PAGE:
That said, I still don’t love the wheelbarrow poem, but I have long been in love with Williams’s poem “The Ivy Crown” – its meaning (or my interpretation of it) becomes more impressive to me all the time (impressive in the sense that it leaves impressions). It too has taken on variable and deeper meanings for me as I get older. It captures for me the cynicism I have always felt about the idea of love and romance while not negating it or throwing it out entirely; indeed, at this middle-age mark only finding the somewhat transformative “business of love” actively at this point, the whole theme is rather topical for me.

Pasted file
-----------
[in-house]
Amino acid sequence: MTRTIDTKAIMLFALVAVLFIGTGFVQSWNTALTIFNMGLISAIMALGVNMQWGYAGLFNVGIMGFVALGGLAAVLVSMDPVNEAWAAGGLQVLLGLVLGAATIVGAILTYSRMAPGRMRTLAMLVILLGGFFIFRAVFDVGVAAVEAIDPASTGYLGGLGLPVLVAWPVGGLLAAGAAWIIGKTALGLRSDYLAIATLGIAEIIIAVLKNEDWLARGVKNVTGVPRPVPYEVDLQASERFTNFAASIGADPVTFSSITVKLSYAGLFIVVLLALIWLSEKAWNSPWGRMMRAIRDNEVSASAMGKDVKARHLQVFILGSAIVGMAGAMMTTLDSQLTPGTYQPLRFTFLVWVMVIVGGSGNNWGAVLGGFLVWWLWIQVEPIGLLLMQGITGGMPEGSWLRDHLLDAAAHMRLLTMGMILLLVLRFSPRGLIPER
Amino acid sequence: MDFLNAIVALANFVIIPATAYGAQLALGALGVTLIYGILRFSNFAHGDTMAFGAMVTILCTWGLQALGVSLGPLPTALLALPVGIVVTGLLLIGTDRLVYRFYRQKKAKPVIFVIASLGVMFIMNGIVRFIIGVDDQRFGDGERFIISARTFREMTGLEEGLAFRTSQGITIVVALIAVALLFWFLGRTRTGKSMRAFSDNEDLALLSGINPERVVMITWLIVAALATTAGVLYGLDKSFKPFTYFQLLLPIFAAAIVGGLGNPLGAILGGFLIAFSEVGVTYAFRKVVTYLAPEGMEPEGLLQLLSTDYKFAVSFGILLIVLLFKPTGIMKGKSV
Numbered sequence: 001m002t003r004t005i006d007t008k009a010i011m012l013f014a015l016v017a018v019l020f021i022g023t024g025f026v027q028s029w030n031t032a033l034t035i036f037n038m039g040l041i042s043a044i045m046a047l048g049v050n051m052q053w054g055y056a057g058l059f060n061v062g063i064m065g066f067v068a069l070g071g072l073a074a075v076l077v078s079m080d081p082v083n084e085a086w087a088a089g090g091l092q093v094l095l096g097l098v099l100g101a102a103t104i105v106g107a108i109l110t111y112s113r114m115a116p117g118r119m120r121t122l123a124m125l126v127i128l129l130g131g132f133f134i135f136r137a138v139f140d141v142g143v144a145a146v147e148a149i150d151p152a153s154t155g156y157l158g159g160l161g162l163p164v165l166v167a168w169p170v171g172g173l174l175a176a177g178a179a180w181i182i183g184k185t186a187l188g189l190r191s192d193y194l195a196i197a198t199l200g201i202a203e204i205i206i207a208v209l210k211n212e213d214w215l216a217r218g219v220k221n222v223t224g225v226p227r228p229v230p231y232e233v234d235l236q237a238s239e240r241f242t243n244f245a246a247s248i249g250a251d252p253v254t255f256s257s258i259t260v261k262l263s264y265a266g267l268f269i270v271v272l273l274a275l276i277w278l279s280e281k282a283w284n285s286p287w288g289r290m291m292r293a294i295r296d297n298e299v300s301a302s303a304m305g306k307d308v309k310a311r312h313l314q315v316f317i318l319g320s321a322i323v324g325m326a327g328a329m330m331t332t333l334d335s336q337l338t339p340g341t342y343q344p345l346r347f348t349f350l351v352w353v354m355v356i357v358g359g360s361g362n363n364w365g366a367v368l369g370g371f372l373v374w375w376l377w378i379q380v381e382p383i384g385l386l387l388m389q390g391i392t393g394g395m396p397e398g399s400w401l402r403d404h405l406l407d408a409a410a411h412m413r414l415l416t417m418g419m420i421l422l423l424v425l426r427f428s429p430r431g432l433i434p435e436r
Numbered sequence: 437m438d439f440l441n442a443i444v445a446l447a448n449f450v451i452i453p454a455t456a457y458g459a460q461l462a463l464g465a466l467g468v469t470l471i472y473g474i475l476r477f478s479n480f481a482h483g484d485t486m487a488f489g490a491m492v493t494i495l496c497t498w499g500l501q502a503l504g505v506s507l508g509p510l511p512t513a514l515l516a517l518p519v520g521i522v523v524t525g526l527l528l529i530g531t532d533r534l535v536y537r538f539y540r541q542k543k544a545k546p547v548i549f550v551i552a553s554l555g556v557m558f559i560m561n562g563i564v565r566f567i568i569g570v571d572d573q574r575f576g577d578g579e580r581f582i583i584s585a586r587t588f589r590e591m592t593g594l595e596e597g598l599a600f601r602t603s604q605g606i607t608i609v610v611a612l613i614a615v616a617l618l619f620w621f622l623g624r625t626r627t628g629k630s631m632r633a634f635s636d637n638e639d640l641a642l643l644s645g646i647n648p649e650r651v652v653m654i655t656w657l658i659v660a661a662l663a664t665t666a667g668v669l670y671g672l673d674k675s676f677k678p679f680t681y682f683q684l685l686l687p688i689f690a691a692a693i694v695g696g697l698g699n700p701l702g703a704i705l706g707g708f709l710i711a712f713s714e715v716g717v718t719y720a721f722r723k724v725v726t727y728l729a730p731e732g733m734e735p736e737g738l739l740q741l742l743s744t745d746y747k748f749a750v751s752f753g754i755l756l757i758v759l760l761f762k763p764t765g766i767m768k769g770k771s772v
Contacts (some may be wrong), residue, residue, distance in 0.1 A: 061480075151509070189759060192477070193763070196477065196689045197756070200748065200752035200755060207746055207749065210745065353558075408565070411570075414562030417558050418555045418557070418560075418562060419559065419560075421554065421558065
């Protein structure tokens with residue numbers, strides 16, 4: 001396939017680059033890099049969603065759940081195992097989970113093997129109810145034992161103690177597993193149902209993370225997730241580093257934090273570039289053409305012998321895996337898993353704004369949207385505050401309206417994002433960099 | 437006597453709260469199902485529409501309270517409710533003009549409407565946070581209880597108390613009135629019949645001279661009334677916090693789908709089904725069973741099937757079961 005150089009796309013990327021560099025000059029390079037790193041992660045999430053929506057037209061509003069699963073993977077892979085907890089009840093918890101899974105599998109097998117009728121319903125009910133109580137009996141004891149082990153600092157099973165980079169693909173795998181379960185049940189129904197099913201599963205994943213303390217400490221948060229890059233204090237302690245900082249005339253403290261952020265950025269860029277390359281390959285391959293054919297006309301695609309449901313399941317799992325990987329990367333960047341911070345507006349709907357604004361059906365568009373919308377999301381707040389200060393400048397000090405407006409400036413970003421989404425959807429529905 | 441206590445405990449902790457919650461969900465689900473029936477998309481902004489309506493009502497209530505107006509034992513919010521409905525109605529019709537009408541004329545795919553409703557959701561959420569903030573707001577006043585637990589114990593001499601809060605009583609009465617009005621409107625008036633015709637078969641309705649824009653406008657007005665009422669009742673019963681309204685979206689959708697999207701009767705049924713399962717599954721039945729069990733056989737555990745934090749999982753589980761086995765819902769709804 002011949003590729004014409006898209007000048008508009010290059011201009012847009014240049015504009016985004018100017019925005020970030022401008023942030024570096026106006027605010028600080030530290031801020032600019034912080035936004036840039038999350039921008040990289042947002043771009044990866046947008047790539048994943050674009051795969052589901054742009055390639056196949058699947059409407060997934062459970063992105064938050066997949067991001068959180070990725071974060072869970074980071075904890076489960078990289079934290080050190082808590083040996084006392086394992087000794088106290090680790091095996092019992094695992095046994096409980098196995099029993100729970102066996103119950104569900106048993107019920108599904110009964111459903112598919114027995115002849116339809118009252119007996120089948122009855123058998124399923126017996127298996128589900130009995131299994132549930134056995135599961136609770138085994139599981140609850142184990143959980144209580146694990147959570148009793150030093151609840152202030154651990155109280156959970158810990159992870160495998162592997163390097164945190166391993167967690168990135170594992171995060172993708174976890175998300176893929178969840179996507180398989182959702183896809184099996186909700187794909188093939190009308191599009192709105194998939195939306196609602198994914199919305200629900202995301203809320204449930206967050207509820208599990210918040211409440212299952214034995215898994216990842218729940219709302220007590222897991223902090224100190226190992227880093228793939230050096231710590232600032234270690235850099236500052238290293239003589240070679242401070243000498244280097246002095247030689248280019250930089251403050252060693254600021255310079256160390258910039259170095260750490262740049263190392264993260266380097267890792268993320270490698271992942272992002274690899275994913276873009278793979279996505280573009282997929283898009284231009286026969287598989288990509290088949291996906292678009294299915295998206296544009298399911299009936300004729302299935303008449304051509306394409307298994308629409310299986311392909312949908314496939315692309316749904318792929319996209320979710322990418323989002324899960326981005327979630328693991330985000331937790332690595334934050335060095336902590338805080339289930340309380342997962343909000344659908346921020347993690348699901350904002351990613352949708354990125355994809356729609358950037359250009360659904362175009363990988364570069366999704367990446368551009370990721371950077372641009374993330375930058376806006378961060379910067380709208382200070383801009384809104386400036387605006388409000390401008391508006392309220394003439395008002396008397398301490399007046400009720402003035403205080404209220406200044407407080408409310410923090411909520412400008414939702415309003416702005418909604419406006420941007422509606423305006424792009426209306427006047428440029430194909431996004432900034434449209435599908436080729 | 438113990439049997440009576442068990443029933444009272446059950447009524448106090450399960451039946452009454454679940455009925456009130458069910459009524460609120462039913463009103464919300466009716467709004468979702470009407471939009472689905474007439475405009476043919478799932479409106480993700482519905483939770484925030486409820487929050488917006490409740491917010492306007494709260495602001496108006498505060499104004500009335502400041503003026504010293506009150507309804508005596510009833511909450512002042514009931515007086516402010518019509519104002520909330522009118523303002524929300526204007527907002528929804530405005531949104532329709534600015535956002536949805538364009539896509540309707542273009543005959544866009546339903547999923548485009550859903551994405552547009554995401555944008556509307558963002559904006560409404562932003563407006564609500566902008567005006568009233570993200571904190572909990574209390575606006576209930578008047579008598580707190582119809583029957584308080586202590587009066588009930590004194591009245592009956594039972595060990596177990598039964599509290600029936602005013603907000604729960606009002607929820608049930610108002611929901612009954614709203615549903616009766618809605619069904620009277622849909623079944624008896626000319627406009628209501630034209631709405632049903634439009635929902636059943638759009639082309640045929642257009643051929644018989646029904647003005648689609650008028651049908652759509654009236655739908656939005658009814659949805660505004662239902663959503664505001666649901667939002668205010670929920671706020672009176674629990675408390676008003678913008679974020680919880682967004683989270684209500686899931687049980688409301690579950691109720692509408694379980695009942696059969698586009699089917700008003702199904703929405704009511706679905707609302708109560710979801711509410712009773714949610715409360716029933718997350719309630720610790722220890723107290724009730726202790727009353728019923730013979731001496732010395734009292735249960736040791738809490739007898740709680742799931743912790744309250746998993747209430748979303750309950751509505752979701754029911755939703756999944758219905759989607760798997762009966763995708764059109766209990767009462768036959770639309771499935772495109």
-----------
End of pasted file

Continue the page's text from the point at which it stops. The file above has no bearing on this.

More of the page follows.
“Romance has no part in it.
The business of love is
cruelty which,
by our wills,
we transform
to live together.
It has its seasons,
for and against,
whatever the heart
fumbles in the dark
to assert
toward the end of May.
Just as the nature of briars
is to tear flesh,
I have proceeded
through them.
the briars out,
they say.
You cannot live
and keep free of
“At our age the imagination
across the sorry facts
lifts us
to make roses
stand before thorns.
love is cruel
and selfish
and totally obtuse—
at least, blinded by the light,
young love is.*